Not many music lovers in Africa will forget where they were in 2005 when Tuface’s monster hit ‘African Queen’ debuted as the first music video to be played on MTV Base’s franchise on the continent. I am one of those who remember the moment vividly. And it is impossible to forget the exhilarating reactions that heralded the arrival of Afrobeats on the global stage.
The euphoria was not misplaced. Before that holy grail moment, the spread of urban music in Africa had largely been restricted to the confines of the continent due to broadcast stations’ limited reach.
A vast broadcast capacity propelled African Queen to reach over 1.3 million global audiences within a few hours of its debut on MTV Base Africa, and other local music videos quickly followed, spurring the renaissance of Afrobeats as a front running music genre in the world.
Consequently, Afrobeats, as a prominent music genre today, has many offshoots, with a more inclusive Afropop genre-leading African artists’ dominance on the global stage.
It has been nearly two decades since that historic moment in the Afrobeats’ journey to global acceptance. What has changed? How has Africa capitalised on this exposure? How has Afrobeats fared? And what role does MTV Base Africa, a Paramount Africa franchise, continue to play to create international exposure for pop-culture globally?
Since urban music in Africa began to penetrate a global market, the rise of Afrobeats and Amapiano has been phenomenal. Not many people would have envisaged the heights Afrobeats and its offshoots have attained in less than two decades, considering the peculiar challenges that faced the music industry 20 years ago. Interestingly, the rise of the genre has been financially and critically rewarding.
In Nigeria, which has one of the biggest music industries in Africa, for instance, an annual growth rate of 13.4 percent in total revenue generation was recorded in 2021 to reach $73m, indicating a staggering increase from a $39m total in 2016.
Such is the magnitude of the growth of the African music landscape that revenues from consumer spending on recorded music hit $43 million and $19 million in Nigeria and Kenya, respectively, in 2020, according to PwC.
African music stars have also climbed the biggest stages in the world to receive music’s highest honours. Burna Boy and Wizkid have won the coveted Grammy Awards plaque.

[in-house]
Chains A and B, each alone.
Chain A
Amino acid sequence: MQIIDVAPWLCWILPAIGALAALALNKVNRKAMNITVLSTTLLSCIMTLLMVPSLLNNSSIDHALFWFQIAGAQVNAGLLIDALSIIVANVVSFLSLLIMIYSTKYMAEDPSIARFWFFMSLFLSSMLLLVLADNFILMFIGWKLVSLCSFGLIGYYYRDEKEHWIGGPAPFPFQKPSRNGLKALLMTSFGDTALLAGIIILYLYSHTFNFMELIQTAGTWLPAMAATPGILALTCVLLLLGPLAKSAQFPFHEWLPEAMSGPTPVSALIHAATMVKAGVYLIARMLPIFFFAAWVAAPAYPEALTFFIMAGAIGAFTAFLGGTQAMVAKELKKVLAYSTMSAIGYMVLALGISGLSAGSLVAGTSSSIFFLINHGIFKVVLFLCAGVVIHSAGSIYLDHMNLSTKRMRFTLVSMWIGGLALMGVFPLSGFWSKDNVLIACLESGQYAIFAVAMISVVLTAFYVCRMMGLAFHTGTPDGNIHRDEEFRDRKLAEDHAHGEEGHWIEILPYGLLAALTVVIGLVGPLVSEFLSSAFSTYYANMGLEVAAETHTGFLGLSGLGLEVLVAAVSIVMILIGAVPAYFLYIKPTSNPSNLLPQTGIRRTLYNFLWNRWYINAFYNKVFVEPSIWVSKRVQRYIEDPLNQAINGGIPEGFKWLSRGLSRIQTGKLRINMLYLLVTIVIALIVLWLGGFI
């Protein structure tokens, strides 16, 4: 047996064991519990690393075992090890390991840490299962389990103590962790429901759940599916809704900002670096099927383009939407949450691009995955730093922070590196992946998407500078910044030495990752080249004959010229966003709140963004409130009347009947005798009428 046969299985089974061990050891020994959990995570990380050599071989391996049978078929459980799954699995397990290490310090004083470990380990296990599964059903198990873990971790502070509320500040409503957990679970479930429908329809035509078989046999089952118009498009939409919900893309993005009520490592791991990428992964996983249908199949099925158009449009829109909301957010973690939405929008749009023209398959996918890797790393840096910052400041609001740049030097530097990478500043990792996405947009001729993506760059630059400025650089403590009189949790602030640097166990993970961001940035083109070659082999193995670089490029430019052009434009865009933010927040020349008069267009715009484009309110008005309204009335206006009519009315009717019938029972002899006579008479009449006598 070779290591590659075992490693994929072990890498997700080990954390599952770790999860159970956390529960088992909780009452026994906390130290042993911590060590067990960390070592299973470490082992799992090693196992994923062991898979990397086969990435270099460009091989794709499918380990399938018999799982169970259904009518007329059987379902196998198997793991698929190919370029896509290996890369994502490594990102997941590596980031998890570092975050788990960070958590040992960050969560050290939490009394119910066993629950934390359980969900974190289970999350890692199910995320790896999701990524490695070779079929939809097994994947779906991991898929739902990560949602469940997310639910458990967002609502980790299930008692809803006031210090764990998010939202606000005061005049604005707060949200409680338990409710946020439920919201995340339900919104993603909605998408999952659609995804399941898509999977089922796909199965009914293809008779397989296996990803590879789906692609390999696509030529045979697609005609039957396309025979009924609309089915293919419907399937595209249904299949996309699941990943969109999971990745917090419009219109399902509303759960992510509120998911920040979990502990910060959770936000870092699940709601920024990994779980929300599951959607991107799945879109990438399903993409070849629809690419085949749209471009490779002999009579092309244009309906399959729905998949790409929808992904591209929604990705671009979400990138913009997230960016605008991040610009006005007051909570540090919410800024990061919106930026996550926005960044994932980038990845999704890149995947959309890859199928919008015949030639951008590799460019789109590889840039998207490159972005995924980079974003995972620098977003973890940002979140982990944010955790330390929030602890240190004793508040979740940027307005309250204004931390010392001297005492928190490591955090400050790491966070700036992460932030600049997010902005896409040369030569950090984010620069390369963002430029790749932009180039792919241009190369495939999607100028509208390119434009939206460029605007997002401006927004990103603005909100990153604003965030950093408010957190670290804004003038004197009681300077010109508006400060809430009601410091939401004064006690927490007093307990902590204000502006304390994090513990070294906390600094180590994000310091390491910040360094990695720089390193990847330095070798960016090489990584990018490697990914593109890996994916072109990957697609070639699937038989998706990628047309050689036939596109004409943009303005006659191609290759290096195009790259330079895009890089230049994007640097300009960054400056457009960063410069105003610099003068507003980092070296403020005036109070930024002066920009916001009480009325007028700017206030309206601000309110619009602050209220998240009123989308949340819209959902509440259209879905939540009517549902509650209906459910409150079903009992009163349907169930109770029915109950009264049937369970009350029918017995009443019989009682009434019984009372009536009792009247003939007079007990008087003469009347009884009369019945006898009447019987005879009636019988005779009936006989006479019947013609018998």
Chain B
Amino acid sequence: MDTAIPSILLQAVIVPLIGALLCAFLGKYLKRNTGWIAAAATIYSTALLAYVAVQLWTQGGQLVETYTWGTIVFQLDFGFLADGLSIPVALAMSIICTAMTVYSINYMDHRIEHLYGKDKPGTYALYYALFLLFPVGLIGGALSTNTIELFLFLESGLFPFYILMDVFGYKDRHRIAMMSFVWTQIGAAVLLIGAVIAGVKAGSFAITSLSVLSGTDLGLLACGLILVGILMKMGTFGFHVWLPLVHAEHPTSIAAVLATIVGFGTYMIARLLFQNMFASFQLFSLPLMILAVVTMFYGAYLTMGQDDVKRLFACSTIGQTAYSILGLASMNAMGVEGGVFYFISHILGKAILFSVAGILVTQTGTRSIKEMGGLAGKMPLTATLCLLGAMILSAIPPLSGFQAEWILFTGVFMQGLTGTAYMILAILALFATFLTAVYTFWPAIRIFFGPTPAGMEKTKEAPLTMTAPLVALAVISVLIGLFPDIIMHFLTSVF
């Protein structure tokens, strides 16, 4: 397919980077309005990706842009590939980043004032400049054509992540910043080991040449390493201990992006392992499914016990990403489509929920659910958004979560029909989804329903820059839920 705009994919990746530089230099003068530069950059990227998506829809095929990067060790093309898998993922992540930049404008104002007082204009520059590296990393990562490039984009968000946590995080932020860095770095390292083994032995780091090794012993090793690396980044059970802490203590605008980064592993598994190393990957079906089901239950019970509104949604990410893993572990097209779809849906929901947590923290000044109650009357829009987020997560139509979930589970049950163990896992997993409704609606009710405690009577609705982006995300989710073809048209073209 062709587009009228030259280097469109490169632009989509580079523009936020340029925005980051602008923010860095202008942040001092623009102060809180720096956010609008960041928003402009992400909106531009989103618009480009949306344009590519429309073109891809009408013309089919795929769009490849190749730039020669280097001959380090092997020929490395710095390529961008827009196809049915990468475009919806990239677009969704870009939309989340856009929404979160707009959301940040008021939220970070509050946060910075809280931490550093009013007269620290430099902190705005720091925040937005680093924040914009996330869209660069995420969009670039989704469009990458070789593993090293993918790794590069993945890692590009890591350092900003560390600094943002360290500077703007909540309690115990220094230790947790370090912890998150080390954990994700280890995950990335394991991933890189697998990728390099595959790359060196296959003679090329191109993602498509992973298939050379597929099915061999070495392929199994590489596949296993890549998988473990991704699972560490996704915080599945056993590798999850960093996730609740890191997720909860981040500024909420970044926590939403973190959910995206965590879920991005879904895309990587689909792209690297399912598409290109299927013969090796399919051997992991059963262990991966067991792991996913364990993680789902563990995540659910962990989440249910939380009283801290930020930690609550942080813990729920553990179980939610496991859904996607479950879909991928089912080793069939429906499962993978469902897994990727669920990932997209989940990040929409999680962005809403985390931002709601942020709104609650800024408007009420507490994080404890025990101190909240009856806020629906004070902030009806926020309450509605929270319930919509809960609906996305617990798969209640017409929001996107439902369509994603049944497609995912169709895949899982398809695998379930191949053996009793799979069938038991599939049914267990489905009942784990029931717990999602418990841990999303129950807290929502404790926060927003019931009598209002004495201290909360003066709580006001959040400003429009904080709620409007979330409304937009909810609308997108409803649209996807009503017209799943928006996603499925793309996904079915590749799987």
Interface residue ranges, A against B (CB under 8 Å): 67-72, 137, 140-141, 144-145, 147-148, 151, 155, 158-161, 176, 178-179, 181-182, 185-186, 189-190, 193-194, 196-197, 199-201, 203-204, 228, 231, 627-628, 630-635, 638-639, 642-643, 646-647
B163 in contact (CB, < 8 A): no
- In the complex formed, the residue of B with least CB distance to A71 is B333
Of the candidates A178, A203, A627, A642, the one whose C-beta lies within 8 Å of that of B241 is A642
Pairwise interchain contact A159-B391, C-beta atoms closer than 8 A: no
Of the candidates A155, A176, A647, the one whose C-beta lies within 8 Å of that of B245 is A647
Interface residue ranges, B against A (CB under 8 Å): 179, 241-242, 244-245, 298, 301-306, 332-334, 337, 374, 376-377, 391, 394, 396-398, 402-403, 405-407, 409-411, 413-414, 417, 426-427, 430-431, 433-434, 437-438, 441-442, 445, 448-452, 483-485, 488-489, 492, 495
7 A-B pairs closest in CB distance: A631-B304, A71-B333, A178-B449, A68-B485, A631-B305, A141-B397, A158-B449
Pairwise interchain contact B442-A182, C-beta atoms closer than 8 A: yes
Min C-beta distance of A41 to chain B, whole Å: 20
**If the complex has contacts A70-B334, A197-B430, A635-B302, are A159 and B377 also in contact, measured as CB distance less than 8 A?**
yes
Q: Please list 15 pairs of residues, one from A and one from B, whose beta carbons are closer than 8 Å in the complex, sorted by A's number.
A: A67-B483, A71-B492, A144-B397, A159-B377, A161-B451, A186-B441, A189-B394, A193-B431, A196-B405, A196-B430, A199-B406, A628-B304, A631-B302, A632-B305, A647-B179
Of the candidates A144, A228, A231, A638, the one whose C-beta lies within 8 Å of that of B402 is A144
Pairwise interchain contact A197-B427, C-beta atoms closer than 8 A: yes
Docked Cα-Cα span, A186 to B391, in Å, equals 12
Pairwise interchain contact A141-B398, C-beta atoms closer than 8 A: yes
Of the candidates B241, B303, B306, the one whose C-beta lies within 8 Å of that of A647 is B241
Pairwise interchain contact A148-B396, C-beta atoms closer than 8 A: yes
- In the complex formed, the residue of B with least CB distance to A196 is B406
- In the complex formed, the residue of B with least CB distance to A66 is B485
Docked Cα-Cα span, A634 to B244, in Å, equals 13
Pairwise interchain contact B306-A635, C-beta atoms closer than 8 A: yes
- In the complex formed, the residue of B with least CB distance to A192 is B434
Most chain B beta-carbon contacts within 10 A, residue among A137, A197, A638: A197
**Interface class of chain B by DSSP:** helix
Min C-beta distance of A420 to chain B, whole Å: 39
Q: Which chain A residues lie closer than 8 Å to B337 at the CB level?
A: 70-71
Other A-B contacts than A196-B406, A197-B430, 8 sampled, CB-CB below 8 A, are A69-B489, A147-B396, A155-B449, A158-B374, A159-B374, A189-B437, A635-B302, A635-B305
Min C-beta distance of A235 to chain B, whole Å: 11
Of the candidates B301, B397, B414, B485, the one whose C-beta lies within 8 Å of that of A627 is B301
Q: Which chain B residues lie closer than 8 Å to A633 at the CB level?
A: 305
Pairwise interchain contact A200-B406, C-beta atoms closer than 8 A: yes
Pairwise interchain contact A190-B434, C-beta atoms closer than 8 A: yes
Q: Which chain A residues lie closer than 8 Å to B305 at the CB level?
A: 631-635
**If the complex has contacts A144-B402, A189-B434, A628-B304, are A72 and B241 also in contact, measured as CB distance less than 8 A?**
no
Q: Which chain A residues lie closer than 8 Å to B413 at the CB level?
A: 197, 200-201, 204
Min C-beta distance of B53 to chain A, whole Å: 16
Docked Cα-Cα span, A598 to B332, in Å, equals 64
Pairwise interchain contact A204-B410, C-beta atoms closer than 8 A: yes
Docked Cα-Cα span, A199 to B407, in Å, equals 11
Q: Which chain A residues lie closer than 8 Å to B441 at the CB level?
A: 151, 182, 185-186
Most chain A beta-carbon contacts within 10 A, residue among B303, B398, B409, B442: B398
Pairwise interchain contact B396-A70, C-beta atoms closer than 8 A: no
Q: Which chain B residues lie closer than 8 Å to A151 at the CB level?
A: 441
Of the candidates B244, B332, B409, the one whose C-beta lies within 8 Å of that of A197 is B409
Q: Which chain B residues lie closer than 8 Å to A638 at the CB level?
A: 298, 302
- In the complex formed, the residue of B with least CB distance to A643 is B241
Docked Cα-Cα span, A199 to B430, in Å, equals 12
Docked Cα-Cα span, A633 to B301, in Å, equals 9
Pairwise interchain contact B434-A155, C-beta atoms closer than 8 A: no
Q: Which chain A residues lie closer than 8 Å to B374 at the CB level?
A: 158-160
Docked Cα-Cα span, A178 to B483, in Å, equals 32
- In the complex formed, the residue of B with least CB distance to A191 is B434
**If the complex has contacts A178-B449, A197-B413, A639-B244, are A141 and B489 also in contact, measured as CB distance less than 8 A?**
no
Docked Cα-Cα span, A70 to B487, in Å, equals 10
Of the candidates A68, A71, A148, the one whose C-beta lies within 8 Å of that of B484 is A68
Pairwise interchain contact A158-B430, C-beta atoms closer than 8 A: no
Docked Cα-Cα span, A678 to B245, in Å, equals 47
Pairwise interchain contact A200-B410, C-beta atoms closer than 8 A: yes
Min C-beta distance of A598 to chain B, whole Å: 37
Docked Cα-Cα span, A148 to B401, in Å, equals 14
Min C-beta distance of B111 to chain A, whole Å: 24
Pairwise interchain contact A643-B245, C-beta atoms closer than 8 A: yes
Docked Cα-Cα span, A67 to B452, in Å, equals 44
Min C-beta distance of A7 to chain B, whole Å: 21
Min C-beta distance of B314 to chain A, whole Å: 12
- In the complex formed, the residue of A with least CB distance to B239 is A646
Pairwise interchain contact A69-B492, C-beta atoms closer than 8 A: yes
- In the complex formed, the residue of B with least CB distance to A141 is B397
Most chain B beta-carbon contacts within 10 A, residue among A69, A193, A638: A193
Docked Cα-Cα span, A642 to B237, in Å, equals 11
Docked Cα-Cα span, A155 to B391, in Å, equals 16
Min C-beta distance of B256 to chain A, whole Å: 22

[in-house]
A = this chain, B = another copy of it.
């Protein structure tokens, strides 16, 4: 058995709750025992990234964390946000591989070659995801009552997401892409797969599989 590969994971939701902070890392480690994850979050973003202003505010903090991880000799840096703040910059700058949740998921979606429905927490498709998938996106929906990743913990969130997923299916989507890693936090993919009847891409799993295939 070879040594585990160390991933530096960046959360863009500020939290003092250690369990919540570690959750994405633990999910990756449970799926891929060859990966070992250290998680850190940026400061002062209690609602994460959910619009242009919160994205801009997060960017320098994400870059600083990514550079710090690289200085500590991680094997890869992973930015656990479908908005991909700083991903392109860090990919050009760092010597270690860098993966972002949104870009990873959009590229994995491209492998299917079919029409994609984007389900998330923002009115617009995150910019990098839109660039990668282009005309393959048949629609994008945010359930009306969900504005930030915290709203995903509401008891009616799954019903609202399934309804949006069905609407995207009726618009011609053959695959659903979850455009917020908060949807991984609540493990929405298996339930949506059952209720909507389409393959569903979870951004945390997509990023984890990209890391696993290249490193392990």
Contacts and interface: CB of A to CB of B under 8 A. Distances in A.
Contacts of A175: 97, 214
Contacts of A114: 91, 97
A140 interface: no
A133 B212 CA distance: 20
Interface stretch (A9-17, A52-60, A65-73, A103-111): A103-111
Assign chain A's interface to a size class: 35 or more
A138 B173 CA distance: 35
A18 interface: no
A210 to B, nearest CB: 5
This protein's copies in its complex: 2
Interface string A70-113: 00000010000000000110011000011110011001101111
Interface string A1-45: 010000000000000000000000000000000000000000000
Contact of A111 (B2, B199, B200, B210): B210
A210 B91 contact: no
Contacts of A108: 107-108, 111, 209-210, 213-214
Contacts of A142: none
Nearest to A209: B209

Burna Boy, in 2022, became the first African artist to headline Madison Square Garden in New York. Davido, TiwaSavage, Sarkodie, Nasty C, Tems, Cassper Nyovest, Fireboy, Major League, DJz, Rema, Tems, and many more have also rocked the biggest arenas and appeared on Billboard charts.
Global music superstars – Drake, Chris Brown, Nicki Minaj, and many others have, in different capacities, incorporated the Afrobeats and recently Amapiano sound into their music, with Beyoncegoing as far as making an Afrobeats album. Collaborations with international acts have even become a norm these days.
It is worth pointing out that throughout these groundbreaking achievements by African artists, MTV Base Africa has remained a resolute driver in propelling the rise of Afropop, continuing its mission to ’showcase Africa to the world’.
As it was with Tuface (now 2Baba) nearly two decades ago, the music channel is responsible for thrusting and unearthing new music talents to global stardom through its unmatched coverage of the Afropop and Afro-dance genres.
Over a decade ago, at a time when it was a tough ask for African artists with little to no label backing to fund their music videos, MTV Base’s belief in the urban music coming out of the continent included sponsorship of high-quality music video shoots for some artists who lacked the financial wherewithal.
And before Burna Boy and Wizkid conquered the Grammys, MTV Base Africa, through MAMA Awards, presented African acts with the biggest pathway to superstardom. The BET Awards, MTV EMA and Nickelodeon Kids Choice Awards allParamount Africa franchise, has continued to provide African artists with similar honours in acknowledgement of their music.
Today, MTV Base Africa has intensified and expanded its exaltation of Afropop music to include a recently launched Africa Day celebration dedicated to giving talented emerging artists on the continent exposure. With this, the music channel is further inspiring a global acceptance of music out of Africa.
A rich lineup of music offerings on the channel such as the MTV Base Musicology, Yanos and Hip hop also continues to play a critical role in making African music even more appealing. In-depth discussions about different aspects of the continent’s music landscape offer audiences a deeper understanding of the industry and how such modalities impact the music the world currently enjoys.
Indeed, as we celebrate World Music Day, it is important to reflect on how far we’ve come in pushing Afropop and dance genres from relative obscurity and marginalisation on the global stage to becoming a force to reckon with. This will inspire us to evaluate the true strength and direction of the African music landscape and showcasing the next big wave.
There is no doubt, by all indications and projections, that African artists flying the flag of Afrobeats and its spinoffs – Afropop, Afrofusion, Afroemo and other sub-Afro genres like Gqom and Amapiano – are poised for greatness.
It is an exciting time to know that Paramount Africa and MTV Base Africa are will continue to be the music industry’s trusted ally driving the Afro music genres to conquer more uncharted territories. Happy World Music Day!
* Twala is Senior Vice-President and General Manager for Paramount Africa and Peer Lead, BET International.
In Nigeria, which has one of the biggest music industries in Africa, for instance, an annual growth rate of 13.4 percent in total revenue generation was recorded in 2021 to reach $73m, indicating a staggering increase from a $39m total in 2016